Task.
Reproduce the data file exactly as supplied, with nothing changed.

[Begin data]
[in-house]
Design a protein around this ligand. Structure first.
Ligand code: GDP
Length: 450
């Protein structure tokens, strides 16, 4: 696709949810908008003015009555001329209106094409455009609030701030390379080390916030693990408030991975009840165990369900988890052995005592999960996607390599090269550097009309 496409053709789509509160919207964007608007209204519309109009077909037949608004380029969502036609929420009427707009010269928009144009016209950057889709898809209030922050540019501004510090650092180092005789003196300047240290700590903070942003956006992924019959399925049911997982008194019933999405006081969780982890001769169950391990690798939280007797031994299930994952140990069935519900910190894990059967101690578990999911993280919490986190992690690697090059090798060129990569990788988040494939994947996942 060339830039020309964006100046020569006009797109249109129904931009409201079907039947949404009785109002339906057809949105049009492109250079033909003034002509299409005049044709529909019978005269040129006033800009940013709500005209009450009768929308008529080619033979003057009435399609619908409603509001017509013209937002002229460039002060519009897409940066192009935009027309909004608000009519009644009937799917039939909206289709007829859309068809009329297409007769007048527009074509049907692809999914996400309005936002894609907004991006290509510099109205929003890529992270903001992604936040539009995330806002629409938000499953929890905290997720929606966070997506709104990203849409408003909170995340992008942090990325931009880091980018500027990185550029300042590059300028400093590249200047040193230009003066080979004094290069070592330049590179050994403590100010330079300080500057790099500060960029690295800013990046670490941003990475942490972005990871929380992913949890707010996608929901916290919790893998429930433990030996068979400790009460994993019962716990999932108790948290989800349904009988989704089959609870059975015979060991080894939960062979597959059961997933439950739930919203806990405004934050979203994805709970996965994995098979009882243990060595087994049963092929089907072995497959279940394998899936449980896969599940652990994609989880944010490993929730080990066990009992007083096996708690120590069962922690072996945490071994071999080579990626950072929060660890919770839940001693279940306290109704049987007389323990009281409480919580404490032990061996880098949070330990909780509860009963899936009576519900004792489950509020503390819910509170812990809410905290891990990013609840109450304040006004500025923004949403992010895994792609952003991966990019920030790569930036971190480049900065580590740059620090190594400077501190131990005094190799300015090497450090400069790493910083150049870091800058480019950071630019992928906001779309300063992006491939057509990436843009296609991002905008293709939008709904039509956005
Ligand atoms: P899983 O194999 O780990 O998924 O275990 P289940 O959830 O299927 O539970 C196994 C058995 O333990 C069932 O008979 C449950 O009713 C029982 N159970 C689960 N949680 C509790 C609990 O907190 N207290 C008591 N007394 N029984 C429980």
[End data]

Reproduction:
[in-house]
Design a protein around this ligand. Structure first.
Ligand code: GDP
Length: 450
């Protein structure tokens, strides 16, 4: 696709949810908008003015009555001329209106094409455009609030701030390379080390916030693990408030991975009840165990369900988890052995005592999960996607390599090269550097009309 496409053709789509509160919207964007608007209204519309109009077909037949608004380029969502036609929420009427707009010269928009144009016209950057889709898809209030922050540019501004510090650092180092005789003196300047240290700590903070942003956006992924019959399925049911997982008194019933999405006081969780982890001769169950391990690798939280007797031994299930994952140990069935519900910190894990059967101690578990999911993280919490986190992690690697090059090798060129990569990788988040494939994947996942 060339830039020309964006100046020569006009797109249109129904931009409201079907039947949404009785109002339906057809949105049009492109250079033909003034002509299409005049044709529909019978005269040129006033800009940013709500005209009450009768929308008529080619033979003057009435399609619908409603509001017509013209937002002229460039002060519009897409940066192009935009027309909004608000009519009644009937799917039939909206289709007829859309068809009329297409007769007048527009074509049907692809999914996400309005936002894609907004991006290509510099109205929003890529992270903001992604936040539009995330806002629409938000499953929890905290997720929606966070997506709104990203849409408003909170995340992008942090990325931009880091980018500027990185550029300042590059300028400093590249200047040193230009003066080979004094290069070592330049590179050994403590100010330079300080500057790099500060960029690295800013990046670490941003990475942490972005990871929380992913949890707010996608929901916290919790893998429930433990030996068979400790009460994993019962716990999932108790948290989800349904009988989704089959609870059975015979060991080894939960062979597959059961997933439950739930919203806990405004934050979203994805709970996965994995098979009882243990060595087994049963092929089907072995497959279940394998899936449980896969599940652990994609989880944010490993929730080990066990009992007083096996708690120590069962922690072996945490071994071999080579990626950072929060660890919770839940001693279940306290109704049987007389323990009281409480919580404490032990061996880098949070330990909780509860009963899936009576519900004792489950509020503390819910509170812990809410905290891990990013609840109450304040006004500025923004949403992010895994792609952003991966990019920030790569930036971190480049900065580590740059620090190594400077501190131990005094190799300015090497450090400069790493910083150049870091800058480019950071630019992928906001779309300063992006491939057509990436843009296609991002905008293709939008709904039509956005
Ligand atoms: P899983 O194999 O780990 O998924 O275990 P289940 O959830 O299927 O539970 C196994 C058995 O333990 C069932 O008979 C449950 O009713 C029982 N159970 C689960 N949680 C509790 C609990 O907190 N207290 C008591 N007394 N029984 C429980």